• Opening Remarks by Norbert Mumba, Deputy Executive Director, AFI
AFI Deputy Executive Director Norbert Mumba delivers his opening remark

CBK-AFI Member Training on Regulatory & Supervisory Framework for Digital Credit
Nairobi, Kenya
6 November 2019 

Opening Remarks by AFI Deputy Executive Director Norbert Mumba

Good morning and a warm welcome to all to the CBK-AFI Member Training on Regulatory & Supervisory Framework for Digital Credit and to the beautiful city of Nairobi. And I am sure you will agree that Kenya is possibly one of the most relevant jurisdictions to be in, to learn about digital approach to financial inclusion.

In 2016, CBK had hosted a series of three trainings on Digital Financial Services and we are indeed glad to be back in Kenya with our training. So let me start by thanking the Central Bank of Kenya (CBK) not only for hosting this event but for being a very active member in the network and having played very critical roles as Chair of DFS Working Group, as host of AfPI, when it was African Mobile Financial Services Policy Initiative (AMPI). And not to forget that the first Global Policy Forum was hosted by CBK in 2009 and that also Professor Njuguna N’dungu, former Governor of the CBK, served as AFI’s very first Steering Committee Chair. It is very heart-warming for us to receive such support from CBK and I am sure the network will continue to benefit from this as we move forward in enhancing greater financial inclusion agenda.

Since the early 2000s, Kenya has been a centre of technological innovation from which novel financial offerings have emerged such as the mobile company of Safaricom’s M-Pesa. In addition, the mobile-based lending has grown in Kenya since the past 10 years with the launch of M-Shwari in Kenya as a first-mover in November 2012. It is reported that there are currently about 49 mobile lending applications in Kenya including major financial players offering instant and seamless mobile loans[1]. Therefore, it is no surprise that technology and lending have developed together so strongly in Kenya.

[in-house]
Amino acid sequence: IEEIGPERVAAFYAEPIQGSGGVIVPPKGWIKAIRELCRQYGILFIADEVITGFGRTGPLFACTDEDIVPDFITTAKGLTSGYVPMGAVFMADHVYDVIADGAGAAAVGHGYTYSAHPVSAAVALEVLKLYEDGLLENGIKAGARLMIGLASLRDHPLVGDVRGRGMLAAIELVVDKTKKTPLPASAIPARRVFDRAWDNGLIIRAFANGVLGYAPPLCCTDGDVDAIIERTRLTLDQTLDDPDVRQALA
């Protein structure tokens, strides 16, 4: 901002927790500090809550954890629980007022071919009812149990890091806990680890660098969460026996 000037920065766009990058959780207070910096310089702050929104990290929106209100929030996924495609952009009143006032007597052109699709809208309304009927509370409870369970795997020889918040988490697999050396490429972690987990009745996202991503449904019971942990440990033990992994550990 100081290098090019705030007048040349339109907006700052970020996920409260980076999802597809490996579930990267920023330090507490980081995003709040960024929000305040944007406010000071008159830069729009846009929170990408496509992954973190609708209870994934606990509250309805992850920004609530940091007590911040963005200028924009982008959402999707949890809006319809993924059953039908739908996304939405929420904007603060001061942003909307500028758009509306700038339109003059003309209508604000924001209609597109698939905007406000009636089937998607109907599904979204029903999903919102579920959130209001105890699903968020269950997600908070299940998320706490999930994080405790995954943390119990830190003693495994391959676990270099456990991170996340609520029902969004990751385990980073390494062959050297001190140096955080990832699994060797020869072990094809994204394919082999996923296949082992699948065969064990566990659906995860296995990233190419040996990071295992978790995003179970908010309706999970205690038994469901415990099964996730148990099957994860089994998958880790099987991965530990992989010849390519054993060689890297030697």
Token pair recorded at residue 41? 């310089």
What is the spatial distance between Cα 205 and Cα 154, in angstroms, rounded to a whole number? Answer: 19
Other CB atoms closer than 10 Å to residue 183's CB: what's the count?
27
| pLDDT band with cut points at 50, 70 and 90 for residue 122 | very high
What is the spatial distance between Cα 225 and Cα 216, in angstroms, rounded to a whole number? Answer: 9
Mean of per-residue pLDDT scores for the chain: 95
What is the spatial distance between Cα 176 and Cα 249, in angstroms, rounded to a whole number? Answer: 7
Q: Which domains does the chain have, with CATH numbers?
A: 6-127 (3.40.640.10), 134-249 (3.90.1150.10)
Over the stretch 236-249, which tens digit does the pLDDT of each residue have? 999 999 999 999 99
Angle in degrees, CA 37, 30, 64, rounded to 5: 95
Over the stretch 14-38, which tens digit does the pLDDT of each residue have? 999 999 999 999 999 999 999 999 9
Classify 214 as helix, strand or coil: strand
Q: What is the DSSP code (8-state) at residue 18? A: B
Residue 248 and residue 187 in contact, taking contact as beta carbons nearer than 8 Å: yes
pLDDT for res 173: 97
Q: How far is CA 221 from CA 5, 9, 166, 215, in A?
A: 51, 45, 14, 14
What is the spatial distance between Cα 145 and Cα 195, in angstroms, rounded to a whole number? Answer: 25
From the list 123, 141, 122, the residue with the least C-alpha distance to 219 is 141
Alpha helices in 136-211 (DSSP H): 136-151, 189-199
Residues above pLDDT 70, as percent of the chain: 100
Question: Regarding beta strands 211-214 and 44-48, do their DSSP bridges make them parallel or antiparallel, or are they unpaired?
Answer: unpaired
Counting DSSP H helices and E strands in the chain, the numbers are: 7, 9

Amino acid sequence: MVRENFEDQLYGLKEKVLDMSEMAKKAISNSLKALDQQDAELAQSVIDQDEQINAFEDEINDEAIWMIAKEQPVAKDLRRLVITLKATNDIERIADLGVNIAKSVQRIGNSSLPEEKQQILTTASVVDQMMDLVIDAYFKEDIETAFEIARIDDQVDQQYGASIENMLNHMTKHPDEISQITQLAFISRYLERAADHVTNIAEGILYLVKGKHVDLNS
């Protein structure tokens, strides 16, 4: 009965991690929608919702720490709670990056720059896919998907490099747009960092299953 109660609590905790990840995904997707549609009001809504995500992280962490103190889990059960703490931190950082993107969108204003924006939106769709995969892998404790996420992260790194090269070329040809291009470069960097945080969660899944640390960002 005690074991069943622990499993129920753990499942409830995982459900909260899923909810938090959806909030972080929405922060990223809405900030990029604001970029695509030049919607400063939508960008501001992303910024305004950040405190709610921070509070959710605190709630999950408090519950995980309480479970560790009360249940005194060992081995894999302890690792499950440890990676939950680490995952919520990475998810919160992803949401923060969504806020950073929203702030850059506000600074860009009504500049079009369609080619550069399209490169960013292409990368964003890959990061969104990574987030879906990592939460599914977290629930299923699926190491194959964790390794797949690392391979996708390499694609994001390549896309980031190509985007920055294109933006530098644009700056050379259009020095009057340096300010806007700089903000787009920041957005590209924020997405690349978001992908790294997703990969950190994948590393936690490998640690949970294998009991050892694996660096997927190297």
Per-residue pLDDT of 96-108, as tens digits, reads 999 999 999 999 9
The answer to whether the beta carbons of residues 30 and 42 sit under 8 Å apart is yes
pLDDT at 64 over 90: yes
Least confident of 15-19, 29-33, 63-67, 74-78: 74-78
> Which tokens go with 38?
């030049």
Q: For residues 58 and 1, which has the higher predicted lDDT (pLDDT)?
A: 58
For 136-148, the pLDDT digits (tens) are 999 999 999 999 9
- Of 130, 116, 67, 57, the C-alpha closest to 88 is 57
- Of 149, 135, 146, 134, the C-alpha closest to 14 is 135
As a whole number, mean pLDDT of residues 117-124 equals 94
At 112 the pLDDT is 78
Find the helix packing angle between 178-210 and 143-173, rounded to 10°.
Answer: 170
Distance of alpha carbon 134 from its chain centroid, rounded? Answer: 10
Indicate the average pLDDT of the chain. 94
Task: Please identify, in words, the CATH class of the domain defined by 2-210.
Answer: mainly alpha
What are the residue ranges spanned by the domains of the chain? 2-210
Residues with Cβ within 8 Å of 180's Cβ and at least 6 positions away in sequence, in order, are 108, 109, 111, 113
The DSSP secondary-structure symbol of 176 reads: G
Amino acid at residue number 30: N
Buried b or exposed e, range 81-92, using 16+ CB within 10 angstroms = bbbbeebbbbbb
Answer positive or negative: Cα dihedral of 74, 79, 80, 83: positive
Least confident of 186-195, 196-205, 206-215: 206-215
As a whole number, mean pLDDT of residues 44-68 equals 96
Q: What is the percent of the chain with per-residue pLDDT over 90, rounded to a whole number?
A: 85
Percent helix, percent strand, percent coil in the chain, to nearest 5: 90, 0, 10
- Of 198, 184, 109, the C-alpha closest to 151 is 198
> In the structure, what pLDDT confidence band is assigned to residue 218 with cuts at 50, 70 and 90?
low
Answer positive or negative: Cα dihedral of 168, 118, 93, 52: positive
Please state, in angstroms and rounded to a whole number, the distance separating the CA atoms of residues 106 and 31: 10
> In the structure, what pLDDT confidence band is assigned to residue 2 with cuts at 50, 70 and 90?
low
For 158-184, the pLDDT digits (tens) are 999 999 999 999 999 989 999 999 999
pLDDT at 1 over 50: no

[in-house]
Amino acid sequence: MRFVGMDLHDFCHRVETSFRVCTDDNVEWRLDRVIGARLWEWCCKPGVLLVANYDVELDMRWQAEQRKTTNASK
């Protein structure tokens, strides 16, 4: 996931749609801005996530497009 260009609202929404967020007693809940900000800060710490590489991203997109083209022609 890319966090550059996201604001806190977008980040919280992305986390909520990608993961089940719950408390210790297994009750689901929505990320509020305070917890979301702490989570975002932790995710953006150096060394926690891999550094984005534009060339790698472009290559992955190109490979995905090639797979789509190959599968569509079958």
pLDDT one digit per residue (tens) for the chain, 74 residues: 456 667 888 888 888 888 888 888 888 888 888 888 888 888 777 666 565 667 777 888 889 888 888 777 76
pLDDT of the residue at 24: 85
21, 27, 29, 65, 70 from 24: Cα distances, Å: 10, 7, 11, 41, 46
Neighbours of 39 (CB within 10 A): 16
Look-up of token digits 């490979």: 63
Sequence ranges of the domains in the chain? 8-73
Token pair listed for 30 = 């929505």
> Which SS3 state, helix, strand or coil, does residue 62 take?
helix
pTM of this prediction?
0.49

The implications of digital credit offering are typically two-fold; first, it can help small enterprises to scale and to manage their daily cash flow. It can also help households cope with things like medical emergencies. The evidence from demand-side surveys reported by FSD Kenya[2] has shown:

  • About 1 in 2 digital borrowers in Kenya report using their most recent loan for basic or personal consumption;
  • Just over a third of digital borrowers used their most recent digital loan for production (e.g. investments in a business or farm);
  • Just under a third for education or bill payment
  • Only 8 percent of digital borrowers reported using their last loan for an emergency

Second, the speed and ease of access to credit through mobile applications has, on the other hand, caused many borrowers to become heavily indebted.

Given this significant progress made by Kenya in the area of digital credit, CBK will lead the sharing of implementation experience and expertise in this training along with other stakeholder institutions using the AFI’s Regulatory & Supervisory Framework for Digital Credit. Together we hope to address the concerns, promote responsible digital credit and closing the gender gap.